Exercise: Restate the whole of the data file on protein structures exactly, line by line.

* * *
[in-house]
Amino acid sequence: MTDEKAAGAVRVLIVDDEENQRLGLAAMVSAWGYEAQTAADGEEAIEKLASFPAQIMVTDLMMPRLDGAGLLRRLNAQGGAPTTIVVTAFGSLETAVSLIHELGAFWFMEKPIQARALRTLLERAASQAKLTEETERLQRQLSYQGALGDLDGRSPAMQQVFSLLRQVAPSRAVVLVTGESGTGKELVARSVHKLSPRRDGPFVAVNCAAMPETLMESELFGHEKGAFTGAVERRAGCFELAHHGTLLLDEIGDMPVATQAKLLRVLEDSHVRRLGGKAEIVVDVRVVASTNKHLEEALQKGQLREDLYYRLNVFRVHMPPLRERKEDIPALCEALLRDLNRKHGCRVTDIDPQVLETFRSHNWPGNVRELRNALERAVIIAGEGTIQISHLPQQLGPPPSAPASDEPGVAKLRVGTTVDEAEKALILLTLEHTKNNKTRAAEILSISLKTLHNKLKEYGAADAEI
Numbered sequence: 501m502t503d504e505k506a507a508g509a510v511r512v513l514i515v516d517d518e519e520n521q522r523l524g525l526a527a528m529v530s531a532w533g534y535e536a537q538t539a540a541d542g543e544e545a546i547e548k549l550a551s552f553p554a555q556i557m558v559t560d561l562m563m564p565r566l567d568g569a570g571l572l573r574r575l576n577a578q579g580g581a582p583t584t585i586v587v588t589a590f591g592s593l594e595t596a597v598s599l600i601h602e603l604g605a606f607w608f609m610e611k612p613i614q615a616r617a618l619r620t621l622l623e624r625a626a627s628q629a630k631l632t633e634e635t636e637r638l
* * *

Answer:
[in-house]
Amino acid sequence: MTDEKAAGAVRVLIVDDEENQRLGLAAMVSAWGYEAQTAADGEEAIEKLASFPAQIMVTDLMMPRLDGAGLLRRLNAQGGAPTTIVVTAFGSLETAVSLIHELGAFWFMEKPIQARALRTLLERAASQAKLTEETERLQRQLSYQGALGDLDGRSPAMQQVFSLLRQVAPSRAVVLVTGESGTGKELVARSVHKLSPRRDGPFVAVNCAAMPETLMESELFGHEKGAFTGAVERRAGCFELAHHGTLLLDEIGDMPVATQAKLLRVLEDSHVRRLGGKAEIVVDVRVVASTNKHLEEALQKGQLREDLYYRLNVFRVHMPPLRERKEDIPALCEALLRDLNRKHGCRVTDIDPQVLETFRSHNWPGNVRELRNALERAVIIAGEGTIQISHLPQQLGPPPSAPASDEPGVAKLRVGTTVDEAEKALILLTLEHTKNNKTRAAEILSISLKTLHNKLKEYGAADAEI
Numbered sequence: 501m502t503d504e505k506a507a508g509a510v511r512v513l514i515v516d517d518e519e520n521q522r523l524g525l526a527a528m529v530s531a532w533g534y535e536a537q538t539a540a541d542g543e544e545a546i547e548k549l550a551s552f553p554a555q556i557m558v559t560d561l562m563m564p565r566l567d568g569a570g571l572l573r574r575l576n577a578q579g580g581a582p583t584t585i586v587v588t589a590f591g592s593l594e595t596a597v598s599l600i601h602e603l604g605a606f607w608f609m610e611k612p613i614q615a616r617a618l619r620t621l622l623e624r625a626a627s628q629a630k631l632t633e634e635t636e637r638l